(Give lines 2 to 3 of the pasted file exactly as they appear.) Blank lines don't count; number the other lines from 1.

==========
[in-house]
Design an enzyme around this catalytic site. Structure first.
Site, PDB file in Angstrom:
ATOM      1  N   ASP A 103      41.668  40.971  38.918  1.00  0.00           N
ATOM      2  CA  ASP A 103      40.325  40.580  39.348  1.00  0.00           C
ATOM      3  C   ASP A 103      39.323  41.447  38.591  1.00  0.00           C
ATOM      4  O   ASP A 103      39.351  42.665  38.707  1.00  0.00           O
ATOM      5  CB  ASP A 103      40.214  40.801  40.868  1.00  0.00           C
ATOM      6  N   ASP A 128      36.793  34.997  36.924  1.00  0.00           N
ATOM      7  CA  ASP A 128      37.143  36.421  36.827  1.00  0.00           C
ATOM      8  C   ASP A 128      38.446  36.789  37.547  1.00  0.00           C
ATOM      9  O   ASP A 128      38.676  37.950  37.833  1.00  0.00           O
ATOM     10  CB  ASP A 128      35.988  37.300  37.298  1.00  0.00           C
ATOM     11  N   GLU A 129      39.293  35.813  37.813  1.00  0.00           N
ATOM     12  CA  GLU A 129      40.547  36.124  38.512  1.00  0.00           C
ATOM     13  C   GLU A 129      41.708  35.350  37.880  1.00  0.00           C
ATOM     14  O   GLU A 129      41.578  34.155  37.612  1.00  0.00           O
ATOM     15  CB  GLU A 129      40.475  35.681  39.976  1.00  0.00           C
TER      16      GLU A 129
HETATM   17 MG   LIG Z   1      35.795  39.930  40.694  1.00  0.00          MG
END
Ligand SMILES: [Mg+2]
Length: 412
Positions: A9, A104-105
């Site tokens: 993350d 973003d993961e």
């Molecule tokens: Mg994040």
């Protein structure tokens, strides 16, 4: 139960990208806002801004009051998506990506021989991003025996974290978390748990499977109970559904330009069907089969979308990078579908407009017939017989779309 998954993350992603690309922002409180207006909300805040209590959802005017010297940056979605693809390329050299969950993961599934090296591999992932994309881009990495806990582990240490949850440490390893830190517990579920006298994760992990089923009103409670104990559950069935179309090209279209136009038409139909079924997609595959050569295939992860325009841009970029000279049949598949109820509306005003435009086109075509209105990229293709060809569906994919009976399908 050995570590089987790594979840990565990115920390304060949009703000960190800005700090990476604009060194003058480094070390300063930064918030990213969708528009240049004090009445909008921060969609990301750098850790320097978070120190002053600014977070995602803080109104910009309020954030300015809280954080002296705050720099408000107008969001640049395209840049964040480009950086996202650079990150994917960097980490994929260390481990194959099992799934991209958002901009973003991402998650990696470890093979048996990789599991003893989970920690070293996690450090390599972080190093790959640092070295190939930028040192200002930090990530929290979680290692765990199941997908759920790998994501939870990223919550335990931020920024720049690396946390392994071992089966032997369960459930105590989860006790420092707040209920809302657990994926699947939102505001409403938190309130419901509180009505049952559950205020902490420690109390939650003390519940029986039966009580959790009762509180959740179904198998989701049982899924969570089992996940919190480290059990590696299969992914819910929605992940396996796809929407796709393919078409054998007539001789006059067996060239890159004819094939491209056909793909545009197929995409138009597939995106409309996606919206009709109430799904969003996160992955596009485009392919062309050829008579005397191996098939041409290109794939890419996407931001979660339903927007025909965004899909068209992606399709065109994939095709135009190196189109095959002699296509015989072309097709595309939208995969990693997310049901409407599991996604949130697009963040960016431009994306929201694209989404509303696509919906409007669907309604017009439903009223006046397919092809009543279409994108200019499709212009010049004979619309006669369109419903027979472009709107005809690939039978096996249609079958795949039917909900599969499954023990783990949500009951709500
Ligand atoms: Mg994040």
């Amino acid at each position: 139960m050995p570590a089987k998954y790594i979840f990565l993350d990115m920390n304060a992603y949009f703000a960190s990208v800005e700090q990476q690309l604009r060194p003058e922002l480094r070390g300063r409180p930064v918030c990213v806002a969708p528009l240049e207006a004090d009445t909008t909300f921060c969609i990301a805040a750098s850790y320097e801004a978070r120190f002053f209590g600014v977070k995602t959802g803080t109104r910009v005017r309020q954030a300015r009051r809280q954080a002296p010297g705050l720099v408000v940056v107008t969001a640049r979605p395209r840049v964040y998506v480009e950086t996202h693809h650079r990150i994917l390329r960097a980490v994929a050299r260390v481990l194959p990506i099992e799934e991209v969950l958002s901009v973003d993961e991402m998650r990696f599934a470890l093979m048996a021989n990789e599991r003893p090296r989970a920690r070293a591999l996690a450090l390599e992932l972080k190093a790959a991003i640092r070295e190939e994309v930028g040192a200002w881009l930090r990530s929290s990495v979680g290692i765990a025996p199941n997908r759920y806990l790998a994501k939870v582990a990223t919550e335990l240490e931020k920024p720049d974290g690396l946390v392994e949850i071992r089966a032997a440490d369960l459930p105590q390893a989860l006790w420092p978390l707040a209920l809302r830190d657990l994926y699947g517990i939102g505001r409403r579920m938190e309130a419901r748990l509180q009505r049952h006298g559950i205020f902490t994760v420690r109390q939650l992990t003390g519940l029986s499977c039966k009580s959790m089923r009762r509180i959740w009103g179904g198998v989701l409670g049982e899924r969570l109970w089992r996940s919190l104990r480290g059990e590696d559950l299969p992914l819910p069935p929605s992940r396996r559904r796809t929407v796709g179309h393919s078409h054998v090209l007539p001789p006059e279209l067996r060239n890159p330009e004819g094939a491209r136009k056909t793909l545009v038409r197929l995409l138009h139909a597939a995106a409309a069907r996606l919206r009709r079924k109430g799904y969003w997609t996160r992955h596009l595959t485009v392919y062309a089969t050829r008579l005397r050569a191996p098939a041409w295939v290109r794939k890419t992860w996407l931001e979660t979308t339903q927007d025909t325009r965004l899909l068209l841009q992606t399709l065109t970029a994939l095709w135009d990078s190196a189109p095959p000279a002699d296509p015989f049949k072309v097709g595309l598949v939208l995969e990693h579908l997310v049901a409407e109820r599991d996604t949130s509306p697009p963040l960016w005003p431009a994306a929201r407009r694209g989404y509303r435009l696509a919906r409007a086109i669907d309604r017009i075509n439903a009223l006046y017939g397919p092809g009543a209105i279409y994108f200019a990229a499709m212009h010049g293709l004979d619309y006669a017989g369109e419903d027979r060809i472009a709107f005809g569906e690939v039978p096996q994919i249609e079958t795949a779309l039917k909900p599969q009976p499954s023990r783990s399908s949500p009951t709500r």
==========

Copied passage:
Design an enzyme around this catalytic site. Structure first.
Site, PDB file in Angstrom: